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Facies Architecture in Clastic Sedimentary Basins

  • Andrew D. Miall
Part of the Frontiers in Sedimentary Geology book series (SEDIMENTARY)

Abstract

Clastic deposits can be subdivided into microforms, mesoforms, and macroforms [using Jackson’s (1975) terminology], reflecting a range of physical scales of deposit and the time scale during which they form. A formal three-dimensional subdivision of some types of deposit, which clarifies these physical and temporal scales, can now be attempted using the concept of a hierarchy of internal bounding surfaces. Brookfield’s (1977) three-fold classification of eolian bounding surfaces is widely accepted. Allen’s (1983) comparable attempt to classify fluvial bounding surfaces is also useful but, it is suggested here, should be expanded to a six-fold hierarchy, mainly to facilitate the definition of macroforms.

The three-dimensional depositional units so identified can be classified using standard facies-analysis techniques. To emphasize their three-dimensional nature they are termed “architectural elements.” The lithofacies composition, external shape, and internal geometry of these elements are characteristic of various suites of processes in depositional systems; for example, the well known lateral-accretion deposit represents the accretion of bank-attached bars inside meander bends of channels in rivers, deltas, tidal creeks, and submarine fans.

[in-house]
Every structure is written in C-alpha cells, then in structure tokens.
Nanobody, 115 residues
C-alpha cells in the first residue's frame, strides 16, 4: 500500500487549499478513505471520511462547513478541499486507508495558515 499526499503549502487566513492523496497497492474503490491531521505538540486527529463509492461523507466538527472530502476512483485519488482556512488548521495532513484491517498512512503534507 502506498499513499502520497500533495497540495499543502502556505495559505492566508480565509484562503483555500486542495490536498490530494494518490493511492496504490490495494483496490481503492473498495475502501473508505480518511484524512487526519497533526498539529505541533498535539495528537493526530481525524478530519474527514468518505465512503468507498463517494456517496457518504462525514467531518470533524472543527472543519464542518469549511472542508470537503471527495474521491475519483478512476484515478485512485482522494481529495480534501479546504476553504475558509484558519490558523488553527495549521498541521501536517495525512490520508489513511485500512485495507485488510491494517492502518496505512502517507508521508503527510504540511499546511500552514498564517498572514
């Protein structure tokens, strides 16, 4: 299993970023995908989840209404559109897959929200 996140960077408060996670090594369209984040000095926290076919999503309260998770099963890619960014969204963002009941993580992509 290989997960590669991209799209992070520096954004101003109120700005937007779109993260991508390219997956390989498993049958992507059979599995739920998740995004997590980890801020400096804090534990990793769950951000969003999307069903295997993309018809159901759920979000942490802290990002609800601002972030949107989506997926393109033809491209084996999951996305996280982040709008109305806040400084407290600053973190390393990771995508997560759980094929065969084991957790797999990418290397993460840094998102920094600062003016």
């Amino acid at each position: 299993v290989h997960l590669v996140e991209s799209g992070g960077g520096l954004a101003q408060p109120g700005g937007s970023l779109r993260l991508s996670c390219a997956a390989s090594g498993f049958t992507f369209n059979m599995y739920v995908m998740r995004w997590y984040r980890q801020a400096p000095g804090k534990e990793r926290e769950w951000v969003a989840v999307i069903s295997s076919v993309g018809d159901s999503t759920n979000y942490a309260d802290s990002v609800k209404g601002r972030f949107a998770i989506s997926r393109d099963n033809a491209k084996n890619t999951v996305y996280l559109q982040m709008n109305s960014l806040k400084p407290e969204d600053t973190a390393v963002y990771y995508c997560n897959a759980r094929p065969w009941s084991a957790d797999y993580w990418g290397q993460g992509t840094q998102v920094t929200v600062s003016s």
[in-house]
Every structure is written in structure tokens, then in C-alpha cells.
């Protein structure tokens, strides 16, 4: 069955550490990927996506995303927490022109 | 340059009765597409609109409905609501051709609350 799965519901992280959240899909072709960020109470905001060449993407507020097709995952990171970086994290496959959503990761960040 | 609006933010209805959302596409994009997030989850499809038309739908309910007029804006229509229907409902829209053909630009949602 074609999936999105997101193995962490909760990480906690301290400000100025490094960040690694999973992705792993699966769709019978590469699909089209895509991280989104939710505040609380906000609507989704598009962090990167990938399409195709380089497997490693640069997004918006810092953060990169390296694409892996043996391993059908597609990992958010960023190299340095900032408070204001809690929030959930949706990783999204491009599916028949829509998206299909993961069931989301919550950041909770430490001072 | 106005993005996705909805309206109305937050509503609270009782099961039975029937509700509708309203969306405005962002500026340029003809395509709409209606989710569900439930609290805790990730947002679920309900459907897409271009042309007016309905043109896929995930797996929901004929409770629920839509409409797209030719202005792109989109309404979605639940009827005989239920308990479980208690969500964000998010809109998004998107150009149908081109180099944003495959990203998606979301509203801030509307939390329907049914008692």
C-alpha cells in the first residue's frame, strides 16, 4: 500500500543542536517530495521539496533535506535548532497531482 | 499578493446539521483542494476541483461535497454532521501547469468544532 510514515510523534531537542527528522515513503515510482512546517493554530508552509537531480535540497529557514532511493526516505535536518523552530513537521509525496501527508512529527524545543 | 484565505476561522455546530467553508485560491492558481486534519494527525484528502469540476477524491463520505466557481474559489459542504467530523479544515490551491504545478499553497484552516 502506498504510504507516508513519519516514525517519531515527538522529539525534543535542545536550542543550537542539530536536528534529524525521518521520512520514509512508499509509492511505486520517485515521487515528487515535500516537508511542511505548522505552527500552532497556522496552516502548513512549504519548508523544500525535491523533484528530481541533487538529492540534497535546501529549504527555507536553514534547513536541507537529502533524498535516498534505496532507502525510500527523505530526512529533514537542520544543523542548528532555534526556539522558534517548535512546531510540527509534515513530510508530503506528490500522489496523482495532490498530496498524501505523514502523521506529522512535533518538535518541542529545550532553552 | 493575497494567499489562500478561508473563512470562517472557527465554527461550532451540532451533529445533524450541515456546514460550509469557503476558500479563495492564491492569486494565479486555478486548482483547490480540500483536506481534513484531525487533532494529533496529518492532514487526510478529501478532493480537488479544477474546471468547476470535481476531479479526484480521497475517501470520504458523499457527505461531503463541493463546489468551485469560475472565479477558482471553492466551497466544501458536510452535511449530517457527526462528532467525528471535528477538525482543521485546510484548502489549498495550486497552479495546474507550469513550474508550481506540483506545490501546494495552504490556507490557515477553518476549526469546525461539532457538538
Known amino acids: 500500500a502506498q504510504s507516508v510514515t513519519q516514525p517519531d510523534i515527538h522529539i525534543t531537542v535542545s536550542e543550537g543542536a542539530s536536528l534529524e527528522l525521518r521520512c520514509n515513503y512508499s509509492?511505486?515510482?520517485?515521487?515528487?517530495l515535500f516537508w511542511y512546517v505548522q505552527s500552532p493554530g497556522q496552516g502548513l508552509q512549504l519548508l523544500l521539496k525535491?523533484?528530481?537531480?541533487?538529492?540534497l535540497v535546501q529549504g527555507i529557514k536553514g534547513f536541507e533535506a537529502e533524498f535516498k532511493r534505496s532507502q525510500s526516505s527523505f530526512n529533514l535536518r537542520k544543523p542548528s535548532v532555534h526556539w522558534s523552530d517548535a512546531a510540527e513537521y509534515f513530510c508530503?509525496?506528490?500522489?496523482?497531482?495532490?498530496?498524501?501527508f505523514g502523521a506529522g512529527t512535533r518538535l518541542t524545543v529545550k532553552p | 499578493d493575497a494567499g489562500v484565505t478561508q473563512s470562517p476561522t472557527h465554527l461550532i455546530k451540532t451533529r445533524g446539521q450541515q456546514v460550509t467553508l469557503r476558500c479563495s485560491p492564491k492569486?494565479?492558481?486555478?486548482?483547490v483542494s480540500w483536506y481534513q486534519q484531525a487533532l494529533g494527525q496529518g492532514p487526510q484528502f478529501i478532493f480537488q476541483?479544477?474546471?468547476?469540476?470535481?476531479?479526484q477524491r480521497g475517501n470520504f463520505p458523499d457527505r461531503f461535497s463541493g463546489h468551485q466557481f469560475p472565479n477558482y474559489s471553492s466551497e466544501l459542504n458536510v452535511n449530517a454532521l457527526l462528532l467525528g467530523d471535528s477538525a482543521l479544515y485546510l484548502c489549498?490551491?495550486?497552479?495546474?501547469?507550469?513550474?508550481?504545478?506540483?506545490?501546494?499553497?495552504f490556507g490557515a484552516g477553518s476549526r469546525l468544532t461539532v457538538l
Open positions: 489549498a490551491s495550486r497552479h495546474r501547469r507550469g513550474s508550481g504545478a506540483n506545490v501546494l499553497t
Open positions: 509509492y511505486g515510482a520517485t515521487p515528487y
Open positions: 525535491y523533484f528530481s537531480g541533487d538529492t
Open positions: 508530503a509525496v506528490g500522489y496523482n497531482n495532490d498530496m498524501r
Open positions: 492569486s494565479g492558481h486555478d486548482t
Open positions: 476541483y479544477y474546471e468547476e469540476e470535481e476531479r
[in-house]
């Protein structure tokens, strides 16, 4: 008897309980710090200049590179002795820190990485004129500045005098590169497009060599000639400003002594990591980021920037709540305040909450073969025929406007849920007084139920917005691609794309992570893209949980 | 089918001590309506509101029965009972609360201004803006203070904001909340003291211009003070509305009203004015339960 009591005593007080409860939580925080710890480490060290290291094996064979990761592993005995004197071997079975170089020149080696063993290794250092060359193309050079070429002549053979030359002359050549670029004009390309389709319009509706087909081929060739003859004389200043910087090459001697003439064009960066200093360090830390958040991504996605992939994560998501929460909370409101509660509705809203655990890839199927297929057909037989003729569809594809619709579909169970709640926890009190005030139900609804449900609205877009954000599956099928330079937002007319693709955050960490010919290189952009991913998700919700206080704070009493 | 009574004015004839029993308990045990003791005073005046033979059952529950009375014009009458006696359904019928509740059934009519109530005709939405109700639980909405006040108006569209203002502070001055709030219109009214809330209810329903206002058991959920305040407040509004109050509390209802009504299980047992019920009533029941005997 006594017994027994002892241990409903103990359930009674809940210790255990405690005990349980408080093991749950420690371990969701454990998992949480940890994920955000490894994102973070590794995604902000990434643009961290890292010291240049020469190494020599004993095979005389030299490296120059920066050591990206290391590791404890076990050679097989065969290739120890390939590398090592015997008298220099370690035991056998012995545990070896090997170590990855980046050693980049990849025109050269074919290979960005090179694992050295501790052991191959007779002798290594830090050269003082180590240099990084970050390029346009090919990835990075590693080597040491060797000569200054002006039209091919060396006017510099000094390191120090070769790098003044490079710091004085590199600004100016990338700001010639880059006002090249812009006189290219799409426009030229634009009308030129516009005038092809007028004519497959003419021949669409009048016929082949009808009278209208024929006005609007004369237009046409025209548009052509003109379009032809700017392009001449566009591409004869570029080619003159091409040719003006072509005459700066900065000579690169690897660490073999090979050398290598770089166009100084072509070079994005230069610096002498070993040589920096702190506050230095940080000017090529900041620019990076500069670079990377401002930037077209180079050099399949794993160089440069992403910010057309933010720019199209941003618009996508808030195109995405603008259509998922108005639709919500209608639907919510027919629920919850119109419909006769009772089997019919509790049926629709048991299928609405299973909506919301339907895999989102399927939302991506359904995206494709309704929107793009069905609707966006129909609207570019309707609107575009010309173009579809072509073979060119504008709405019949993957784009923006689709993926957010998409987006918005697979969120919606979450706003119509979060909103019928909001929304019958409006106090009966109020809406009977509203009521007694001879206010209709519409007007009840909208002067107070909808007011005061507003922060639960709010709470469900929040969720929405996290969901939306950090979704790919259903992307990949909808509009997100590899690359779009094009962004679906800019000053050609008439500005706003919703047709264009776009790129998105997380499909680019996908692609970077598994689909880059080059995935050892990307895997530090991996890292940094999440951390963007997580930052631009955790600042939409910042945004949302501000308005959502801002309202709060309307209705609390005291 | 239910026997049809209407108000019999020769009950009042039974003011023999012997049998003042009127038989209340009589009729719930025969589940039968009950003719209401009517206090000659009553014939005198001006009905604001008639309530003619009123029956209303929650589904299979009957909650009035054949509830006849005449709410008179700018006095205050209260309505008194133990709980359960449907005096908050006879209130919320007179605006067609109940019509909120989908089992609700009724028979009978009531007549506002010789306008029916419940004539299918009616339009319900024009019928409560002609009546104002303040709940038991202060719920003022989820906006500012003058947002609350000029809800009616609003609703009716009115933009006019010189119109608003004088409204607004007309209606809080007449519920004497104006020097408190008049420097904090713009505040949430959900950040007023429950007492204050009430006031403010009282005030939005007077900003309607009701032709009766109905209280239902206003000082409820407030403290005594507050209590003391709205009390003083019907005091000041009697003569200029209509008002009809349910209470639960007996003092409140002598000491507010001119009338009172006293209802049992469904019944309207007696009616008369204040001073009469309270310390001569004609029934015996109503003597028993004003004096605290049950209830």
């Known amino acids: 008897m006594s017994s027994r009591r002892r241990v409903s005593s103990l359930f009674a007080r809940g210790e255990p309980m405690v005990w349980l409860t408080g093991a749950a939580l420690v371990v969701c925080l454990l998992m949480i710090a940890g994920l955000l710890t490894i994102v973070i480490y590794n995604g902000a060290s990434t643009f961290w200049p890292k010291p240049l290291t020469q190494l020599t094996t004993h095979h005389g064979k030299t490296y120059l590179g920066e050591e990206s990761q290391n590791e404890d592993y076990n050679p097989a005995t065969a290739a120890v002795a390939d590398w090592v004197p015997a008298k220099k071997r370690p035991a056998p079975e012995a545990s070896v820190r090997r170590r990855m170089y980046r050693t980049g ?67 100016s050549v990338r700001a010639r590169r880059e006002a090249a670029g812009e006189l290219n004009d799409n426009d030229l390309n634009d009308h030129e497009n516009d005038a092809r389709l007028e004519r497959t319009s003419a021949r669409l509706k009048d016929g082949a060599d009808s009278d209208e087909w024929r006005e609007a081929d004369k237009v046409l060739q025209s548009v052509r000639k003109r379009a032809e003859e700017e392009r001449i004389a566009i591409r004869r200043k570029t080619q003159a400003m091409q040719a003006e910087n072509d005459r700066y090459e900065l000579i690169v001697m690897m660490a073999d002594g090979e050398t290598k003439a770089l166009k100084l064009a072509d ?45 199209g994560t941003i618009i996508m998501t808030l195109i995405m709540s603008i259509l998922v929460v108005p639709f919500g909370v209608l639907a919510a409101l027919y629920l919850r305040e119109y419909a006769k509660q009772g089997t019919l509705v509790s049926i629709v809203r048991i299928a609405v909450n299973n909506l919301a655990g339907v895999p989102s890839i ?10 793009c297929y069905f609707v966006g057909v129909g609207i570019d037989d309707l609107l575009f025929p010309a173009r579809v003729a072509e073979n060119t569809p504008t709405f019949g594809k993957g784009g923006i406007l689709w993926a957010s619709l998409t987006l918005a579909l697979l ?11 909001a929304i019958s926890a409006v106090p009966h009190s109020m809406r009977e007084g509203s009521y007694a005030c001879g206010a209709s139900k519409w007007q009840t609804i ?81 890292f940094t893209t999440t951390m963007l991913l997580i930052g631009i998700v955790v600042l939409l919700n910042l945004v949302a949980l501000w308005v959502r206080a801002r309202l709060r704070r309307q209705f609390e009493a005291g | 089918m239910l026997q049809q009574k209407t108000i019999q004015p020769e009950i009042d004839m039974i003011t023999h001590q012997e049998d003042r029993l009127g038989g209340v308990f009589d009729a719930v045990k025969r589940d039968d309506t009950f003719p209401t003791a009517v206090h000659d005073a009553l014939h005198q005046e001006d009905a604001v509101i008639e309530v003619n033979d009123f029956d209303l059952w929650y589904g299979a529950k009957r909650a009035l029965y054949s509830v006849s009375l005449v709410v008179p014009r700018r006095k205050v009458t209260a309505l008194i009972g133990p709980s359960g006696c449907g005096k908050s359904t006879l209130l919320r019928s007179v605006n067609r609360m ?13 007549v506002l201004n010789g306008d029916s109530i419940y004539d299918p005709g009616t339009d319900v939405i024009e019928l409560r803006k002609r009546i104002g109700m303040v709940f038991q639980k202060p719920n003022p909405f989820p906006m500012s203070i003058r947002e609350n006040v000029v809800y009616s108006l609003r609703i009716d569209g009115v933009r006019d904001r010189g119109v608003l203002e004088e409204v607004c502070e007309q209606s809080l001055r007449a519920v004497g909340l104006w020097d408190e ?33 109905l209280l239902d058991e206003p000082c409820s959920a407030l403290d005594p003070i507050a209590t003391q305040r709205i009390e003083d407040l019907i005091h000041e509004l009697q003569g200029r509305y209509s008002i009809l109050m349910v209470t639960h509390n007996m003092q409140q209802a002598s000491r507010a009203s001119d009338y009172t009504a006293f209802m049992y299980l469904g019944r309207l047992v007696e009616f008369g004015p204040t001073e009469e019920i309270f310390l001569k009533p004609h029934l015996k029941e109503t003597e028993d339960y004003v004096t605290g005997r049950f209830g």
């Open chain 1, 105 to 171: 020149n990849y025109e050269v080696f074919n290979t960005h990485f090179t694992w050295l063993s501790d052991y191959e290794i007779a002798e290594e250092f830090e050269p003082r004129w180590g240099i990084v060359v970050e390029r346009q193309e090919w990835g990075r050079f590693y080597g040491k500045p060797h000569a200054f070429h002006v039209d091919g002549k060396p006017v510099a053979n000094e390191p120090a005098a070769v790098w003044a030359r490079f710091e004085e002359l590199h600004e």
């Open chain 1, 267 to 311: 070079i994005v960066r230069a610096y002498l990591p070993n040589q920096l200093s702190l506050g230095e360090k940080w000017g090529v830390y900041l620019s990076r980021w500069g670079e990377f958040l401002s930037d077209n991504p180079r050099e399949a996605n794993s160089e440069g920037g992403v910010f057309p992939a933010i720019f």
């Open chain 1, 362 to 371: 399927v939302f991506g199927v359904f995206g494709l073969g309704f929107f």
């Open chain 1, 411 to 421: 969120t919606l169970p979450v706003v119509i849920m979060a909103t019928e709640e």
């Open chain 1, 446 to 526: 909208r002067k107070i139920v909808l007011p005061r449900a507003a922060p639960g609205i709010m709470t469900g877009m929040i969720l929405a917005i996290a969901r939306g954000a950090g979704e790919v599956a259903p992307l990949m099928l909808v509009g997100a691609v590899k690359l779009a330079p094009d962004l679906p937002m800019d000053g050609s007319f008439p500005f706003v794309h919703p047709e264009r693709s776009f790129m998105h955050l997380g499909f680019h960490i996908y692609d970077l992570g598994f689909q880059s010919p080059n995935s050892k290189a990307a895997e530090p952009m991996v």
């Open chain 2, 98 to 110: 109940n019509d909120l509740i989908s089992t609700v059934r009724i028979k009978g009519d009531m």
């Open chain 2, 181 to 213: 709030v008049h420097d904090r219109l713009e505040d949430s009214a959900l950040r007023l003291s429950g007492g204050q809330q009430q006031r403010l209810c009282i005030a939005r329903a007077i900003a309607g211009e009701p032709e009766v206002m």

Analysis of vertical profiles, in particular their cyclicity, was formerly a vital component of facies analysis methodology. However, in many situations, especially where the architectural elements have complex three-dimensional shapes, such analyses have become much less important. For example, subsurface mapping techniques can make use of petrophysical log correlations in well developed oil and gas fields, and recent advances in three-dimensional seismic data-display techniques permit many elements to be mapped using horizontal seismic sections.

Most of the ideas discussed in this paper evolved from studies of nonmarine deposits, but it is suggested that there is considerable potential for further development in the field of facies analysis methodology by the application of these concepts to marine deposits, including those in which chemical sediments are deposited by clastic processes.

Keywords

Fluvial Deposit Architectural Element Sandstone Body Facies Architecture Morrison Formation 
These keywords were added by machine and not by the authors. This process is experimental and the keywords may be updated as the learning algorithm improves.

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© Springer-Verlag New York Inc. 1988

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  • Andrew D. Miall

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